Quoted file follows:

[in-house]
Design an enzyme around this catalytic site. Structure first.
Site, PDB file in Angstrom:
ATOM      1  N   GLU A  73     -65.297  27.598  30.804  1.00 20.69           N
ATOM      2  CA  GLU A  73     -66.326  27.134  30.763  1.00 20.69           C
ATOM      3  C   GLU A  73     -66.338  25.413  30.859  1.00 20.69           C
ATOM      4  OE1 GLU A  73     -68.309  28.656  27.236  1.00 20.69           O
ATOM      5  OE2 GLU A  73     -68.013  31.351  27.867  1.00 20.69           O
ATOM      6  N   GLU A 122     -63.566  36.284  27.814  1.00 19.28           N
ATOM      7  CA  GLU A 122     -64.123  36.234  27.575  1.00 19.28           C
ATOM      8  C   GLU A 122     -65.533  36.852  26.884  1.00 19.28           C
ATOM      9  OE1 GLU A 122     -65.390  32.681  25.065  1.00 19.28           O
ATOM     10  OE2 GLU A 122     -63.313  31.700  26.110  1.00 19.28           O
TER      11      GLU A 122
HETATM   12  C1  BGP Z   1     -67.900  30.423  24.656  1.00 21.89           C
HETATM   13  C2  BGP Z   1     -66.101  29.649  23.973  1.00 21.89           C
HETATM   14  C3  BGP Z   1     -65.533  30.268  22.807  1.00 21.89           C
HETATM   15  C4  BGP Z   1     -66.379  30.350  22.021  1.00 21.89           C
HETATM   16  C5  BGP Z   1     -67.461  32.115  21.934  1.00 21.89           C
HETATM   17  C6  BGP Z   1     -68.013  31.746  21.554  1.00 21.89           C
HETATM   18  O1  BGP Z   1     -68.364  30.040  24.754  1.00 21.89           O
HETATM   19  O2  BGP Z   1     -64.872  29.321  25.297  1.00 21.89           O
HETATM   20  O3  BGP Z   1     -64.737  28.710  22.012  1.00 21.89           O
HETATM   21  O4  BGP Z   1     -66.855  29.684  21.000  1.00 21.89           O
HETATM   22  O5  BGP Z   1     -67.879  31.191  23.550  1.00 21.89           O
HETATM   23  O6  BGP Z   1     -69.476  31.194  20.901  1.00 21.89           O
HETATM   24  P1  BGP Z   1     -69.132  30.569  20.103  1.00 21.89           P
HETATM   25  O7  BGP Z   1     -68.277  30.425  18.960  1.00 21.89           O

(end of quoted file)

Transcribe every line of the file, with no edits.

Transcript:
[in-house]
Design an enzyme around this catalytic site. Structure first.
Site, PDB file in Angstrom:
ATOM      1  N   GLU A  73     -65.297  27.598  30.804  1.00 20.69           N
ATOM      2  CA  GLU A  73     -66.326  27.134  30.763  1.00 20.69           C
ATOM      3  C   GLU A  73     -66.338  25.413  30.859  1.00 20.69           C
ATOM      4  OE1 GLU A  73     -68.309  28.656  27.236  1.00 20.69           O
ATOM      5  OE2 GLU A  73     -68.013  31.351  27.867  1.00 20.69           O
ATOM      6  N   GLU A 122     -63.566  36.284  27.814  1.00 19.28           N
ATOM      7  CA  GLU A 122     -64.123  36.234  27.575  1.00 19.28           C
ATOM      8  C   GLU A 122     -65.533  36.852  26.884  1.00 19.28           C
ATOM      9  OE1 GLU A 122     -65.390  32.681  25.065  1.00 19.28           O
ATOM     10  OE2 GLU A 122     -63.313  31.700  26.110  1.00 19.28           O
TER      11      GLU A 122
HETATM   12  C1  BGP Z   1     -67.900  30.423  24.656  1.00 21.89           C
HETATM   13  C2  BGP Z   1     -66.101  29.649  23.973  1.00 21.89           C
HETATM   14  C3  BGP Z   1     -65.533  30.268  22.807  1.00 21.89           C
HETATM   15  C4  BGP Z   1     -66.379  30.350  22.021  1.00 21.89           C
HETATM   16  C5  BGP Z   1     -67.461  32.115  21.934  1.00 21.89           C
HETATM   17  C6  BGP Z   1     -68.013  31.746  21.554  1.00 21.89           C
HETATM   18  O1  BGP Z   1     -68.364  30.040  24.754  1.00 21.89           O
HETATM   19  O2  BGP Z   1     -64.872  29.321  25.297  1.00 21.89           O
HETATM   20  O3  BGP Z   1     -64.737  28.710  22.012  1.00 21.89           O
HETATM   21  O4  BGP Z   1     -66.855  29.684  21.000  1.00 21.89           O
HETATM   22  O5  BGP Z   1     -67.879  31.191  23.550  1.00 21.89           O
HETATM   23  O6  BGP Z   1     -69.476  31.194  20.901  1.00 21.89           O
HETATM   24  P1  BGP Z   1     -69.132  30.569  20.103  1.00 21.89           P
HETATM   25  O7  BGP Z   1     -68.277  30.425  18.960  1.00 21.89           O